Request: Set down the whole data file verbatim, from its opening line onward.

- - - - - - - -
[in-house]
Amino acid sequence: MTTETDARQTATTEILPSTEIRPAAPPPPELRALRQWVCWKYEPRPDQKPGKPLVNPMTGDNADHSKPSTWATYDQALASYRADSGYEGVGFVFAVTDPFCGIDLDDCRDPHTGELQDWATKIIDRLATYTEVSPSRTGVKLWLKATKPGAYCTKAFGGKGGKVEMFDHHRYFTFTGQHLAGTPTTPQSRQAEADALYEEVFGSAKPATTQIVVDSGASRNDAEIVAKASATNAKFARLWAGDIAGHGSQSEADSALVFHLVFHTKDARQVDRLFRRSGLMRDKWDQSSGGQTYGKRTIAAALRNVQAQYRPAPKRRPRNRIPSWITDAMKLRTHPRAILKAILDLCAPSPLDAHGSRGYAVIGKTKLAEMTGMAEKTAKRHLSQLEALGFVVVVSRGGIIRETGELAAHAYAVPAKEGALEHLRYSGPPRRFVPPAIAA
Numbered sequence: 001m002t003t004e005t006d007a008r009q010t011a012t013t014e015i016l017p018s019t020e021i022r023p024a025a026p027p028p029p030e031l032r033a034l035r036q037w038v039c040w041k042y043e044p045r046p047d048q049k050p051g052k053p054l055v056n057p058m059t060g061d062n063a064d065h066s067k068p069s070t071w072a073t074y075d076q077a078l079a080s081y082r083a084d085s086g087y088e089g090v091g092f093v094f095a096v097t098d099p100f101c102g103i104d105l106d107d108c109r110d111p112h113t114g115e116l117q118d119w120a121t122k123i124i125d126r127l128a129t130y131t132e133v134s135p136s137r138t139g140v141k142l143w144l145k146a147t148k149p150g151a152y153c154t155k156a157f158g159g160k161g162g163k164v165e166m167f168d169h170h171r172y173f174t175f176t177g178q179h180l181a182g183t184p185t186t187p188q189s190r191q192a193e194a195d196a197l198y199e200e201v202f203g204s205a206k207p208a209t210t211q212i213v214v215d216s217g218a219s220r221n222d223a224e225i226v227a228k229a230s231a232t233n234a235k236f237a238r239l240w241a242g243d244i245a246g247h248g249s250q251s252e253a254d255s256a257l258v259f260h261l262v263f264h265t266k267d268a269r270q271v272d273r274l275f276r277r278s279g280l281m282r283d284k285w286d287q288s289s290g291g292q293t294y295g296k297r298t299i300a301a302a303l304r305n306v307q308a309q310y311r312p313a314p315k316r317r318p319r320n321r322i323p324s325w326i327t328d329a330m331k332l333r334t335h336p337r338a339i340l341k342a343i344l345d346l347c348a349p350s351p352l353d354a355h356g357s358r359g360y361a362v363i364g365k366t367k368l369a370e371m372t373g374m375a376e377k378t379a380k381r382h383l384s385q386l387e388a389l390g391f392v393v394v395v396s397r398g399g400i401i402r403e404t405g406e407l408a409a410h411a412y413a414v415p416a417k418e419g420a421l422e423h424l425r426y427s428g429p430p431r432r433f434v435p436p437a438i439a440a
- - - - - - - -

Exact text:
[in-house]
Amino acid sequence: MTTETDARQTATTEILPSTEIRPAAPPPPELRALRQWVCWKYEPRPDQKPGKPLVNPMTGDNADHSKPSTWATYDQALASYRADSGYEGVGFVFAVTDPFCGIDLDDCRDPHTGELQDWATKIIDRLATYTEVSPSRTGVKLWLKATKPGAYCTKAFGGKGGKVEMFDHHRYFTFTGQHLAGTPTTPQSRQAEADALYEEVFGSAKPATTQIVVDSGASRNDAEIVAKASATNAKFARLWAGDIAGHGSQSEADSALVFHLVFHTKDARQVDRLFRRSGLMRDKWDQSSGGQTYGKRTIAAALRNVQAQYRPAPKRRPRNRIPSWITDAMKLRTHPRAILKAILDLCAPSPLDAHGSRGYAVIGKTKLAEMTGMAEKTAKRHLSQLEALGFVVVVSRGGIIRETGELAAHAYAVPAKEGALEHLRYSGPPRRFVPPAIAA
Numbered sequence: 001m002t003t004e005t006d007a008r009q010t011a012t013t014e015i016l017p018s019t020e021i022r023p024a025a026p027p028p029p030e031l032r033a034l035r036q037w038v039c040w041k042y043e044p045r046p047d048q049k050p051g052k053p054l055v056n057p058m059t060g061d062n063a064d065h066s067k068p069s070t071w072a073t074y075d076q077a078l079a080s081y082r083a084d085s086g087y088e089g090v091g092f093v094f095a096v097t098d099p100f101c102g103i104d105l106d107d108c109r110d111p112h113t114g115e116l117q118d119w120a121t122k123i124i125d126r127l128a129t130y131t132e133v134s135p136s137r138t139g140v141k142l143w144l145k146a147t148k149p150g151a152y153c154t155k156a157f158g159g160k161g162g163k164v165e166m167f168d169h170h171r172y173f174t175f176t177g178q179h180l181a182g183t184p185t186t187p188q189s190r191q192a193e194a195d196a197l198y199e200e201v202f203g204s205a206k207p208a209t210t211q212i213v214v215d216s217g218a219s220r221n222d223a224e225i226v227a228k229a230s231a232t233n234a235k236f237a238r239l240w241a242g243d244i245a246g247h248g249s250q251s252e253a254d255s256a257l258v259f260h261l262v263f264h265t266k267d268a269r270q271v272d273r274l275f276r277r278s279g280l281m282r283d284k285w286d287q288s289s290g291g292q293t294y295g296k297r298t299i300a301a302a303l304r305n306v307q308a309q310y311r312p313a314p315k316r317r318p319r320n321r322i323p324s325w326i327t328d329a330m331k332l333r334t335h336p337r338a339i340l341k342a343i344l345d346l347c348a349p350s351p352l353d354a355h356g357s358r359g360y361a362v363i364g365k366t367k368l369a370e371m372t373g374m375a376e377k378t379a380k381r382h383l384s385q386l387e388a389l390g391f392v393v394v395v396s397r398g399g400i401i402r403e404t405g406e407l408a409a410h411a412y413a414v415p416a417k418e419g420a421l422e423h424l425r426y427s428g429p430p431r432r433f434v435p436p437a438i439a440a